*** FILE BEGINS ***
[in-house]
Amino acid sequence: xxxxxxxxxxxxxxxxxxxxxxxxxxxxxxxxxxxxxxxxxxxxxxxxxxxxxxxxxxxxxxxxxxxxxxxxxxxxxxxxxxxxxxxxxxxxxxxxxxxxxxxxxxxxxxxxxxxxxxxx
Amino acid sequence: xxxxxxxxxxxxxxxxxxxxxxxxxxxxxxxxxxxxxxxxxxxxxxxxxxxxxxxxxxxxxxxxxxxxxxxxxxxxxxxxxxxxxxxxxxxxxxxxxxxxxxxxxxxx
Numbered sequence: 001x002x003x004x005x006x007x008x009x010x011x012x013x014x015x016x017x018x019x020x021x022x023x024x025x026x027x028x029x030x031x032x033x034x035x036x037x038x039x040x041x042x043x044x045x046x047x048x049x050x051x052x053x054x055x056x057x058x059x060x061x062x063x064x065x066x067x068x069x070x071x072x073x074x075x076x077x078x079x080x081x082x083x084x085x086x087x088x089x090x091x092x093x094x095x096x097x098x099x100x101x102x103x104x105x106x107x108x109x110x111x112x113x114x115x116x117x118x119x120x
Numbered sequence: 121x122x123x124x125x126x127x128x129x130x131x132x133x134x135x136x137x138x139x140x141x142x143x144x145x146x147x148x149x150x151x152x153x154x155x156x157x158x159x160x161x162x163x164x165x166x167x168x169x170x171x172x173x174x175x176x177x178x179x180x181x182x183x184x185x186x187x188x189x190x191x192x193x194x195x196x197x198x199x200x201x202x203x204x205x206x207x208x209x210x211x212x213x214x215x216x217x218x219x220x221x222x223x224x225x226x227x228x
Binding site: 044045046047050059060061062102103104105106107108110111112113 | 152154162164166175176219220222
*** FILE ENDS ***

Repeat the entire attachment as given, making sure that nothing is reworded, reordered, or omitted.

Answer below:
[in-house]
Amino acid sequence: xxxxxxxxxxxxxxxxxxxxxxxxxxxxxxxxxxxxxxxxxxxxxxxxxxxxxxxxxxxxxxxxxxxxxxxxxxxxxxxxxxxxxxxxxxxxxxxxxxxxxxxxxxxxxxxxxxxxxxxx
Amino acid sequence: xxxxxxxxxxxxxxxxxxxxxxxxxxxxxxxxxxxxxxxxxxxxxxxxxxxxxxxxxxxxxxxxxxxxxxxxxxxxxxxxxxxxxxxxxxxxxxxxxxxxxxxxxxxx
Numbered sequence: 001x002x003x004x005x006x007x008x009x010x011x012x013x014x015x016x017x018x019x020x021x022x023x024x025x026x027x028x029x030x031x032x033x034x035x036x037x038x039x040x041x042x043x044x045x046x047x048x049x050x051x052x053x054x055x056x057x058x059x060x061x062x063x064x065x066x067x068x069x070x071x072x073x074x075x076x077x078x079x080x081x082x083x084x085x086x087x088x089x090x091x092x093x094x095x096x097x098x099x100x101x102x103x104x105x106x107x108x109x110x111x112x113x114x115x116x117x118x119x120x
Numbered sequence: 121x122x123x124x125x126x127x128x129x130x131x132x133x134x135x136x137x138x139x140x141x142x143x144x145x146x147x148x149x150x151x152x153x154x155x156x157x158x159x160x161x162x163x164x165x166x167x168x169x170x171x172x173x174x175x176x177x178x179x180x181x182x183x184x185x186x187x188x189x190x191x192x193x194x195x196x197x198x199x200x201x202x203x204x205x206x207x208x209x210x211x212x213x214x215x216x217x218x219x220x221x222x223x224x225x226x227x228x
Binding site: 044045046047050059060061062102103104105106107108110111112113 | 152154162164166175176219220222